Read restrictions, partial indexing, selective retrieval and purging

MultiChain’s streams functionality provides extensive support for blockchain use cases which focus on data storage, timestamping and retrieval. Stream items are published within blockchain transactions, creating an append-only tamper-proof database in which every item is ordered, timestamped and has a known author.

In both MultiChain Community and Enterprise, each stream item can contain JSON, text or binary data, up to 64 MB in size (on-chain) or 1 GB (off-chain), with one or more labels (“keys”) for easy retrieval. Each stream has its own permissions, and can have custom Javascript rules for data validation (stream filters). For more information about streams, including the difference between on-chain and off-chain data, click here.

MultiChain Enterprise offers a number of additional features relating to streams:

  • Per-stream read permissions, to control which nodes can see which data. In a read-permissioned stream, all data is off-chain.
  • Real-time replication of stream data to an external database via feeds.
  • End-to-end encryption of the delivery of read-restricted data over the peer-to-peer network.
  • Selective stream indexing, to control how a node indexes each stream.
  • Selective data retrieval, to control which off-chain items a node retrieves.
  • Selective purging of off-chain data, for compliance with right-to-be-forgotten regulations.

The first two items are introduced elsewhere. Per-stream read permissions are explained in the Getting Started guide and external database replication is covered by the Feed Adapter documentation. The third item, end-to-end encryption, takes place automatically and requires no user action. So this tutorial will focus on the last three items – selective stream indexing, selective data retrieval and purging of off-chain data.

The tutorial requires two servers running MultiChain Enterprise or Enterprise Demo, both of which are connected to the same blockchain. Both servers should be running multichain-cli for that chain in interactive mode. If you don’t yet have this set up, download and install MultiChain Enterprise Demo on two servers, follow the instructions in sections 1 and 2 of the Getting Started guide and then run multichain-cli chain1 on both servers. The first server’s node should also have an address with admin and create permissions – this will automatically be the case if it started the chain.

Selective indexing

Let’s begin by creating a stream which is open to all for writing, beginning on the node which has create permissions:

create stream stream3 true

Now, let’s publish two items to this stream, where the data is on-chain, i.e. fully embedded as part of each transaction:

publish stream3 key1 '{"json":{"name":"John","city":"London"}}'
publish stream3 key2 '{"json":{"name":"Mary","city":"New York"}}'

If a node tries retrieving data from the stream before subscribing to it, it gives an error. To see an example, try this on the second server:

liststreamitems stream3

So let’s now subscribe to the stream, but index it in the most minimal way possible, only tracking the ordering of the items on the blockchain:

subscribe stream3 true items
liststreams stream3

This second command shows that only the items index is active. This allows the most basic stream queries, for example:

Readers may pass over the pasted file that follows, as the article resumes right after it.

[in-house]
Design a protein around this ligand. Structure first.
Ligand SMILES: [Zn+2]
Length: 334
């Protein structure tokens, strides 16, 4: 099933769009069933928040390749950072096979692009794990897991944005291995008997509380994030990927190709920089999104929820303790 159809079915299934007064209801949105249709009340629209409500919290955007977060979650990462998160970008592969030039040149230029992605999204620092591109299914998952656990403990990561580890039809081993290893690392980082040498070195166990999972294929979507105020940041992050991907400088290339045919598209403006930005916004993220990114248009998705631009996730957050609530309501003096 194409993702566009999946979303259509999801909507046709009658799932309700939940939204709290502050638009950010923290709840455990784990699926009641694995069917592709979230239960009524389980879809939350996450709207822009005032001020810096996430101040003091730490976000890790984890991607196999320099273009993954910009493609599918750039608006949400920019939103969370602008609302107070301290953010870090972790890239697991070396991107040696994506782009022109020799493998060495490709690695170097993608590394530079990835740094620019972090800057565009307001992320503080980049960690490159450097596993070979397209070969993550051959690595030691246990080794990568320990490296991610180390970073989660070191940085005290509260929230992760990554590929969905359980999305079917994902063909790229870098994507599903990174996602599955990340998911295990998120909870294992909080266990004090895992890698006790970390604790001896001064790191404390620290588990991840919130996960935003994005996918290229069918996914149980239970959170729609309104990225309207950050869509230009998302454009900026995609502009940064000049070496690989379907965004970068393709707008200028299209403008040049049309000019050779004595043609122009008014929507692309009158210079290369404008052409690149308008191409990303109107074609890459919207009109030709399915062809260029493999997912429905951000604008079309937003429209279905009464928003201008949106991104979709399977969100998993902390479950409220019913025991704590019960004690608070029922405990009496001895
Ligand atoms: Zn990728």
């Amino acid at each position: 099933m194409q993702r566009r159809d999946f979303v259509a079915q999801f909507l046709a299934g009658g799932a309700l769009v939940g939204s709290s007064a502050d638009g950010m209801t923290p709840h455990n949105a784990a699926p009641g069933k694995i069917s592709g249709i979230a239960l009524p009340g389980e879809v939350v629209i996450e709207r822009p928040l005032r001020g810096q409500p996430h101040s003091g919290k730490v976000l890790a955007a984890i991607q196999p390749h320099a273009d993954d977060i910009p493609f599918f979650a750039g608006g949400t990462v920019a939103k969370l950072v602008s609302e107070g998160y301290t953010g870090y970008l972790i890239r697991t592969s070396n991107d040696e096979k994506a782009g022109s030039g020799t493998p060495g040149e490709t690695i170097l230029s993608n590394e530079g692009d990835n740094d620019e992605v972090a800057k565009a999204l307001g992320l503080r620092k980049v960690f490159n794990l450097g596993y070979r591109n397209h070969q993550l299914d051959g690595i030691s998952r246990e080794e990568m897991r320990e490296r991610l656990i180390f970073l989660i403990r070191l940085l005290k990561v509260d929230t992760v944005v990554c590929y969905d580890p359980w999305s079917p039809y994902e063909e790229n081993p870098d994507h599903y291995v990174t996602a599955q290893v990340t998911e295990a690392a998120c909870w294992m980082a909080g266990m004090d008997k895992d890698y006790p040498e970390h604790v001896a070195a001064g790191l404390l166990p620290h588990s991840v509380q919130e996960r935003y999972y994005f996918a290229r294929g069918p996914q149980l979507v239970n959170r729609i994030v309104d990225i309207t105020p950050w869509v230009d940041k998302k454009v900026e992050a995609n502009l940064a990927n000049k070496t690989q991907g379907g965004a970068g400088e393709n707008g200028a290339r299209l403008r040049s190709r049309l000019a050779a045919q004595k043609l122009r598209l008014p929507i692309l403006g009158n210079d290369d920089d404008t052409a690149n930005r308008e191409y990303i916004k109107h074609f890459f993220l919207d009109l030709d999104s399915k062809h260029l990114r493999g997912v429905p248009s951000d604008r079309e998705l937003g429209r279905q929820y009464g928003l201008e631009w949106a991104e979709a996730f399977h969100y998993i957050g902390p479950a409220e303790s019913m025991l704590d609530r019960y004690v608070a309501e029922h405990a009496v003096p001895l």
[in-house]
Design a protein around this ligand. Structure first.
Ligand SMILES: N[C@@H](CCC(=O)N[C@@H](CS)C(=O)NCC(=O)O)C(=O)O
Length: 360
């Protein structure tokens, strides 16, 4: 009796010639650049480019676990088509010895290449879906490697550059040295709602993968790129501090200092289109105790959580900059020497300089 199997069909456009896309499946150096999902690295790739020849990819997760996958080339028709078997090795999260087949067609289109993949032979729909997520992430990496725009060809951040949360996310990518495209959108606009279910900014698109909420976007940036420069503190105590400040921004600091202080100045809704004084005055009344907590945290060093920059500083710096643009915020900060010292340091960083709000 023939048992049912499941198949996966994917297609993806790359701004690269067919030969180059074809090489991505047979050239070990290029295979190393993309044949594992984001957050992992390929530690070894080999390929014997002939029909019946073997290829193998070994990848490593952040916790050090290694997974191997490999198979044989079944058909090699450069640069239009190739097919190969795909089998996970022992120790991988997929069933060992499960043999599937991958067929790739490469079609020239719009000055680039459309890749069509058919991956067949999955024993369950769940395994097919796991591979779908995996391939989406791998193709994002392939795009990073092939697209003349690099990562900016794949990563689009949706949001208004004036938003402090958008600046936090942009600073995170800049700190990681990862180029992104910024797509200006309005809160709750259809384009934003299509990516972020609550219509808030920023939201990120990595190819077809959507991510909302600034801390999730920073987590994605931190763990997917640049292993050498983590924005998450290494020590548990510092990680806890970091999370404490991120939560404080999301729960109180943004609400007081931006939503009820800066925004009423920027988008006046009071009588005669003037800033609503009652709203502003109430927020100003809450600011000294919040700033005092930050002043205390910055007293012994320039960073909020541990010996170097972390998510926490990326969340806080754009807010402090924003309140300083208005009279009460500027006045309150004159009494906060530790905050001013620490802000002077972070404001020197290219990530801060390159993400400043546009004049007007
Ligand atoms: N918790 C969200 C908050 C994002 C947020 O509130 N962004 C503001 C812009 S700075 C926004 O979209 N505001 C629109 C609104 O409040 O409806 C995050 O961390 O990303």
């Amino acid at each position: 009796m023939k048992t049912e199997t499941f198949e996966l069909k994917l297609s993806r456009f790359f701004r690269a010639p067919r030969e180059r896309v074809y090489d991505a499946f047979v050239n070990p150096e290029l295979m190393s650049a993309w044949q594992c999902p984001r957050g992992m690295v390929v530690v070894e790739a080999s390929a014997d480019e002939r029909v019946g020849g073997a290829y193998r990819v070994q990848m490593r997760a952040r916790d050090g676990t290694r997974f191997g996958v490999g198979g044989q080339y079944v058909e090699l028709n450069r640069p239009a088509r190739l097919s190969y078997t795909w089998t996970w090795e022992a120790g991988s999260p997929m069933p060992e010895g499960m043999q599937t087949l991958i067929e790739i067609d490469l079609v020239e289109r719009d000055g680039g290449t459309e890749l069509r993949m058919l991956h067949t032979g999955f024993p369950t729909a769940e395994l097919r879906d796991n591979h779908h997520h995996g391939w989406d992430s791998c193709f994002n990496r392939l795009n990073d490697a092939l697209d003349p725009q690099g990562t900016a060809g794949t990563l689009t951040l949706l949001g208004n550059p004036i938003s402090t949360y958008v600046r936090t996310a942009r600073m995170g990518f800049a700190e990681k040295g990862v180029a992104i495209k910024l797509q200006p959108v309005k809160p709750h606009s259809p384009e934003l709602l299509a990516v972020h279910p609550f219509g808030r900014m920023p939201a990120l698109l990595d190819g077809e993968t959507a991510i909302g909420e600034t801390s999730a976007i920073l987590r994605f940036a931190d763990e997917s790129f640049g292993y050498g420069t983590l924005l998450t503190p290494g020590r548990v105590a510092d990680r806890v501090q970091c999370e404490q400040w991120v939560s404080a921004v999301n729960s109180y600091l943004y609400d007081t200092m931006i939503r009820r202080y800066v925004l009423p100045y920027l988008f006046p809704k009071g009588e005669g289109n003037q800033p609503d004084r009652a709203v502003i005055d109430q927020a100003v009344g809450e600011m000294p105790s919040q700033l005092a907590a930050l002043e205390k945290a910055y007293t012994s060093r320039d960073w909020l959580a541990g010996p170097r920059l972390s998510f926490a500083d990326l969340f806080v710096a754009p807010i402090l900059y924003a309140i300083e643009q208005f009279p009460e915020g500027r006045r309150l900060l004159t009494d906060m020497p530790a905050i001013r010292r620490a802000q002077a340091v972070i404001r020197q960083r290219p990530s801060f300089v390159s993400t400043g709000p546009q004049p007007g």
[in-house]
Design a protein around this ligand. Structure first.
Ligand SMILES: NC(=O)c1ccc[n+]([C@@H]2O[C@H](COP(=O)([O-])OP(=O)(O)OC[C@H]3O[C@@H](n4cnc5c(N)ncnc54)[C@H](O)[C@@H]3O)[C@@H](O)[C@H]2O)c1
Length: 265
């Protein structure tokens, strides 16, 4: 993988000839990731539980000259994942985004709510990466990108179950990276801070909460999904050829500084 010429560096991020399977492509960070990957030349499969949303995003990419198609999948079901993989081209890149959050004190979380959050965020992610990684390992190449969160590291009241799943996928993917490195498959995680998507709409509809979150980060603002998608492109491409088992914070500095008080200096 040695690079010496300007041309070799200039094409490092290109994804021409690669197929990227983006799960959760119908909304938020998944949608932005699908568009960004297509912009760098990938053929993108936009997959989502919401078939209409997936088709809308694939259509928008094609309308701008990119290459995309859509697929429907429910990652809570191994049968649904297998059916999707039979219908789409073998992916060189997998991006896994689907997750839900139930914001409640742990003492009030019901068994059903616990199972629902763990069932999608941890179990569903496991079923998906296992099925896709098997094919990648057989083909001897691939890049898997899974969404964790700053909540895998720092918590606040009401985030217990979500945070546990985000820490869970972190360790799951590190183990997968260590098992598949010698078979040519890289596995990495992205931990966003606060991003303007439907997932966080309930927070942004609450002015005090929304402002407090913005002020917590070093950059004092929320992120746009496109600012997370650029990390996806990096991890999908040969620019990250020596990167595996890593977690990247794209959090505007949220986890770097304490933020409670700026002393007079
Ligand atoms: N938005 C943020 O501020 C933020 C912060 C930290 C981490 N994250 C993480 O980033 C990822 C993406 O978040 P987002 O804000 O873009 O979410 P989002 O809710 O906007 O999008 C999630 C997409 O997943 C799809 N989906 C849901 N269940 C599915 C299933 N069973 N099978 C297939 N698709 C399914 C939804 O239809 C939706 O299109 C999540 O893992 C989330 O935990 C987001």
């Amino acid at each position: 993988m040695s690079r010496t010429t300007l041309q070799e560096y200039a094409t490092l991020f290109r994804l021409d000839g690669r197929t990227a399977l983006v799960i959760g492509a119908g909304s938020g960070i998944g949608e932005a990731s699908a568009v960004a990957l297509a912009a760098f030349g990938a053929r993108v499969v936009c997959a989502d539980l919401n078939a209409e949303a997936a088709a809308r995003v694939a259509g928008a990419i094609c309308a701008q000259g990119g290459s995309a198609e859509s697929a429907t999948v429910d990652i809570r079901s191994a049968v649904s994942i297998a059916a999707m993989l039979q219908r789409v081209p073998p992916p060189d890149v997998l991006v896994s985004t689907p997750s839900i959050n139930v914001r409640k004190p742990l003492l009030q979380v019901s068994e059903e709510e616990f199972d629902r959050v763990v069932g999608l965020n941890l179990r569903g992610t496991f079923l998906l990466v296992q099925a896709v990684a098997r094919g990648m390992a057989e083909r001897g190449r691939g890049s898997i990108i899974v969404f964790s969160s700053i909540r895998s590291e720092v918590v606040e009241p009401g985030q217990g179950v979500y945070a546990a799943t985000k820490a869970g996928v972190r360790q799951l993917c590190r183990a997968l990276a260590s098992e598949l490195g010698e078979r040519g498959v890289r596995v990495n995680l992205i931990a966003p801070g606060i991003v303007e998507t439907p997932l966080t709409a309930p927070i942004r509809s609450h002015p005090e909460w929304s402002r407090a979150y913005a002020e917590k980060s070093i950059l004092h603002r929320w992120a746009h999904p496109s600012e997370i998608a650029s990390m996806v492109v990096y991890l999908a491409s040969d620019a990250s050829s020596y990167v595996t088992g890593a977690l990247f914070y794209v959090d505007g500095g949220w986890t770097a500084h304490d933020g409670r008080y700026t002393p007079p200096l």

liststreamitems stream3

However there are many other stream querying commands that will give an error, for example:

liststreamkeys stream3   (listing all keys in the stream)
liststreamkeyitems stream3 key1   (listing all items for this key)
liststreampublishers stream3   (listing all publishers)
liststreamitems stream3 false 10 0 true   (listing items in order first seen by this node)

So let’s now add an additional index for this stream:

subscribe stream3 true keys
liststreams stream3

The second command shows that both the items and keys indexes are now active. Now the first two of the previous queries will work fine:

liststreamkeys stream3
liststreamkeyitems stream3 key1

However, the other two querying commands still don’t work, since they would require the publishers and items-local indexes respectively:

liststreampublishers stream3
liststreamitems stream3 false 10 0 true

So selective indexing has an obvious disadvantage – it only allows streams to be queried in certain ways. Nonetheless, this comes with a corresponding advantage – faster transaction processing and lower disk usage. So if you know in advance how your application will need to query a stream, you can use selective indexing to improve MultiChain’s performance and reduce its system requirements.

Now let’s stop building the keys index for the stream, using the following command on the second server:

trimsubscribe stream3 keys

If we try running a key-related query again, we’ll be back to receiving an error:

liststreamkeys stream3

So indexes are added using the subscribe command, and removed using trimsubscribe. Below is the full list of indexes a node can build for a stream, along with the corresponding APIs which require each index to be present:

  • itemsrequired for every subscription and used by liststreamitems.
  • keys – used by liststreamkeys, liststreamkeyitems and getstreamkeysummary.
  • publishers – used by liststreampublishers, liststreampublisheritems and getstreampublishersummary.
  • items-local – used by liststreamitems if local ordering is specified.
  • keys-local – used by liststreamkeys and liststreamkeyitems if local ordering is specified.
  • publishers-local – used by liststreampublishers and liststreampublisheritems if local ordering is specified.